WHEN you are invited onto one of Spain’s biggest live morning news programs, it’s probably not the best idea to correct the presenter before the show has even got going. But that’s exactly what Olive Press journalist Simon Hunter managed to do this week on Antena 3’s Espejo Publico.
When Queen Elizabeth II died, Simon was in demand from nearly all of the channels – and a number of radio stations too – to explain to Spanish audiences how people in the UK were feeling in the wake of the monarch’s death, how the funeral would unfold, and where the monarchy was headed next.
While there was less interest in the Spanish media for the coronation of King Charles III than there was about the queen’s death, the Olive Press reporter was still called up to appear on Espejo Publico, as well as Mas Vale Tarde and La Roca – both on Antena 3’s sister channel La Sexta.
When the Monday morning episode of Espejo Publico began, presenter Susanna Griso’s first words on the autocue were in English: ‘God save the king’. But in a verbal slip that no doubt so many of us have made in the last eight months, she actually said ‘God save the queen’.
With the introduction over, the veteran journalist sat down and introduced her panel, which included Simon.
Unfortunately though, she immediately made another slip up and praised tennis player Rafa Nadal instead of the Madrid Masters winner she meant to say, Carlos Alcaraz.
“I immediately thought, ‘Shall I chime in with the queen thing or would that be rude?!’,” Simon explains.
Being the cheeky Essex chap he is, he couldn’t resist it and interjected.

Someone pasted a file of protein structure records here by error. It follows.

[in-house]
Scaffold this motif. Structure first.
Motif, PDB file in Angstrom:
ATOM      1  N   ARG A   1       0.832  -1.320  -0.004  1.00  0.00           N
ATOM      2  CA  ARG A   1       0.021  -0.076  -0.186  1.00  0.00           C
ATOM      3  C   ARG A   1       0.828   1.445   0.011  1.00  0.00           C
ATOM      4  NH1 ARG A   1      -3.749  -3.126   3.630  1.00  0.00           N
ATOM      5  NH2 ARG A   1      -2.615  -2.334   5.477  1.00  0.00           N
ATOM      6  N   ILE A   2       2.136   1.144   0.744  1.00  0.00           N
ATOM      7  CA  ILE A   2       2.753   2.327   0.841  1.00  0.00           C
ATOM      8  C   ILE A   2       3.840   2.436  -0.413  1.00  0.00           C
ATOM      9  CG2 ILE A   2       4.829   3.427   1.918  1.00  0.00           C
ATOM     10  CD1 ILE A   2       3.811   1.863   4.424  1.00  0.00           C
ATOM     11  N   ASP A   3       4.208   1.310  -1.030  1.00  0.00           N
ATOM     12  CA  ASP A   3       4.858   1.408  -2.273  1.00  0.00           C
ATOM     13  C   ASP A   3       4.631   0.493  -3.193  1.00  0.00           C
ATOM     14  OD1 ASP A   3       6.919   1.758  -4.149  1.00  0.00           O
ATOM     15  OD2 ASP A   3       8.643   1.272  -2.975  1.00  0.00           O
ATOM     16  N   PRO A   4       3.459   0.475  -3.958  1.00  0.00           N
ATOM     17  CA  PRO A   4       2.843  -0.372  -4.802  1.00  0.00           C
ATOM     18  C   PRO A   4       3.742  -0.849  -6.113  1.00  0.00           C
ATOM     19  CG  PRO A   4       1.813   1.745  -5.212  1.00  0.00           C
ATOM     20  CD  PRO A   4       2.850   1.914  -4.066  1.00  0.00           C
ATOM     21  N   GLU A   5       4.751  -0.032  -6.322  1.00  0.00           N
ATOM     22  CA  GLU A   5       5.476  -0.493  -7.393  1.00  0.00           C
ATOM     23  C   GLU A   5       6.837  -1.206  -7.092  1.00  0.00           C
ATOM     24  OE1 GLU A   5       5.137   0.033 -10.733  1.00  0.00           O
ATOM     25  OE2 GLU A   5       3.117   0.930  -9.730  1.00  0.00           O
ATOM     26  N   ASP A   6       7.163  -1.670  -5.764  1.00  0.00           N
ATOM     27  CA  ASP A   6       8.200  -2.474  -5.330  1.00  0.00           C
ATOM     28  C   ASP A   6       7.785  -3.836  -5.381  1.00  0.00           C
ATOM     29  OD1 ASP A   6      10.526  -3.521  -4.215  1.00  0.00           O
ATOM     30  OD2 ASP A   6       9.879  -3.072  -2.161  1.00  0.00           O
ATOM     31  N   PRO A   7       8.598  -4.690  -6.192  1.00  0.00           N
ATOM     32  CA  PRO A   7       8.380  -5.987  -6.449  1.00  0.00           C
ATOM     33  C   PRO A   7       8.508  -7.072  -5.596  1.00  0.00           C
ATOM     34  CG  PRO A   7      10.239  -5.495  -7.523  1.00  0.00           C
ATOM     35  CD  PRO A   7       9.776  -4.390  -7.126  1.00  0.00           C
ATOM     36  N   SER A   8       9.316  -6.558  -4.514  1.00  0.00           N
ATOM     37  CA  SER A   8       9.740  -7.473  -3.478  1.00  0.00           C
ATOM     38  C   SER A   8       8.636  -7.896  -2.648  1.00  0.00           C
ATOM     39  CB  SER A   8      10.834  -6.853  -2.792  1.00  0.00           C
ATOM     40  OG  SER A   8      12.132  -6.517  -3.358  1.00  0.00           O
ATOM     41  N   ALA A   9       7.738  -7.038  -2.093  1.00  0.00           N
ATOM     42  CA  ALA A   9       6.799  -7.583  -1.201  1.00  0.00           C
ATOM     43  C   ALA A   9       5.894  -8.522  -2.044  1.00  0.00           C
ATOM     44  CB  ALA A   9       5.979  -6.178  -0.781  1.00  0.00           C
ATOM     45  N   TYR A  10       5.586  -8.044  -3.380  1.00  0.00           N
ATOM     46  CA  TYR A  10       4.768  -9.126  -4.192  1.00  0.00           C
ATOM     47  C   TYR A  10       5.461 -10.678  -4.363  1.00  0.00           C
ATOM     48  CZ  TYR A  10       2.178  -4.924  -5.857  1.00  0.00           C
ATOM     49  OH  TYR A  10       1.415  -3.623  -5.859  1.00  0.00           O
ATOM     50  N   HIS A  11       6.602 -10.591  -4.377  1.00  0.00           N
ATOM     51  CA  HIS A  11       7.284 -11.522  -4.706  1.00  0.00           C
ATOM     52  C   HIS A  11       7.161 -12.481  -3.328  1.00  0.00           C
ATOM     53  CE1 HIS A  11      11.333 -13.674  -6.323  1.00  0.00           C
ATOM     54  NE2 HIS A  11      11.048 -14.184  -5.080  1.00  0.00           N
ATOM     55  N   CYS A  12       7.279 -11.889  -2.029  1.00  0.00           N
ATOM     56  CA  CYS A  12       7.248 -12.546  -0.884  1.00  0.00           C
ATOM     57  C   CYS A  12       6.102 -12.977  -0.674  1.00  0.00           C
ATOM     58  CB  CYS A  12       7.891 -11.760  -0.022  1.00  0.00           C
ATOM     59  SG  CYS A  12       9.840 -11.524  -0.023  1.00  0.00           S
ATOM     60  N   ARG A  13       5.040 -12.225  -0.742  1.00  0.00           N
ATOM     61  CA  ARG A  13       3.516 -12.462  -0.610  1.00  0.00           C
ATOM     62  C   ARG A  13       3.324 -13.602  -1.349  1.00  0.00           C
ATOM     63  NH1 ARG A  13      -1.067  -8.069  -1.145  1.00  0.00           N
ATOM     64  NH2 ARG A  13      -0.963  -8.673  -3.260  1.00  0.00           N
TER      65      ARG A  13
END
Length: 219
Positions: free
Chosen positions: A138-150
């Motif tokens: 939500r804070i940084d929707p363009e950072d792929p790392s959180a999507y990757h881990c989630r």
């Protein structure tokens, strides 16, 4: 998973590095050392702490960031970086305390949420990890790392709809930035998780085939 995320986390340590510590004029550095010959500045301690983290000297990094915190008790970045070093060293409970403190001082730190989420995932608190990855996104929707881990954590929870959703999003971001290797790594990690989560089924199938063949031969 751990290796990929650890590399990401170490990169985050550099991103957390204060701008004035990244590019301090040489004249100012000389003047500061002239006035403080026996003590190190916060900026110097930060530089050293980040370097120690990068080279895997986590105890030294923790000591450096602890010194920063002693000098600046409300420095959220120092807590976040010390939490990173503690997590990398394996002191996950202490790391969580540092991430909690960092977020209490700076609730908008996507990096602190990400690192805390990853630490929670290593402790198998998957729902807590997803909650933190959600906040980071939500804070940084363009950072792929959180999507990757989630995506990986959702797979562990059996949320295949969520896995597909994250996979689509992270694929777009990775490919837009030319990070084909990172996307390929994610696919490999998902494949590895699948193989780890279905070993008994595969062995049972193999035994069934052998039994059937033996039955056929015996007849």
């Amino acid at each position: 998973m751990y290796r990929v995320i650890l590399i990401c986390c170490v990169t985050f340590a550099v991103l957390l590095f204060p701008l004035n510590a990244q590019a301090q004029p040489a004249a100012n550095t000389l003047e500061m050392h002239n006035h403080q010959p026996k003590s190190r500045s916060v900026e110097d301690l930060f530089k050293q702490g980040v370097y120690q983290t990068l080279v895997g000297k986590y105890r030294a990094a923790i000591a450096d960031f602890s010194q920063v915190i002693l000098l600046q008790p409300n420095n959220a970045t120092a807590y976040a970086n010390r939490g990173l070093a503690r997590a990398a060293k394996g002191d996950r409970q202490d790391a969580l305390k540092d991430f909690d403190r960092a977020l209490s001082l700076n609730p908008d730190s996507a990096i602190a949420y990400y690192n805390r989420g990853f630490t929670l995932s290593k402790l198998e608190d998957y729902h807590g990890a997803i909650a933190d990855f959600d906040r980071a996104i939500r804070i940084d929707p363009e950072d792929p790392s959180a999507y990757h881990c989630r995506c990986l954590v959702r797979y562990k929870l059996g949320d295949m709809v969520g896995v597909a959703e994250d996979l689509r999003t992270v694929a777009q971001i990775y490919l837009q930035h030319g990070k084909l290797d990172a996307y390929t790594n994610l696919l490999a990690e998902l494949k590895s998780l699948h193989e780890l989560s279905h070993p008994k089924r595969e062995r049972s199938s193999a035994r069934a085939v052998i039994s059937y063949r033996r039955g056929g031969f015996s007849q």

“Forgive me for saying this Susanna, but at the beginning of the program you also said, ‘God save the queen, when of course we now have a king! It’s a mistake we’re all still making…”
Fortunately Susanna saw the funny side, and laughed off the faux pas.
What was perhaps more surprising is that the anecdote made the pages of Spanish conservative daily ABC, which dedicated a whole online article to what was nothing more than a storm in a Monday morning teacup.
Pomp and ceremony
So what has been the mood in Spanish media in the wake of the coronation?
“A lot of the presenters and pundits that I spoke to reflected on the ceremony as many Brits have done: that it was an amazing display of pomp and ceremony, of the kind that only we still do, but that it came at a bad time for a country that is suffering strikes, high inflation and a cost-of-living crisis,” Simon explains.
“And I think that a lot of Spaniards are much more interested in Prince William and Kate than they are in Charles and Camilla,” he adds.
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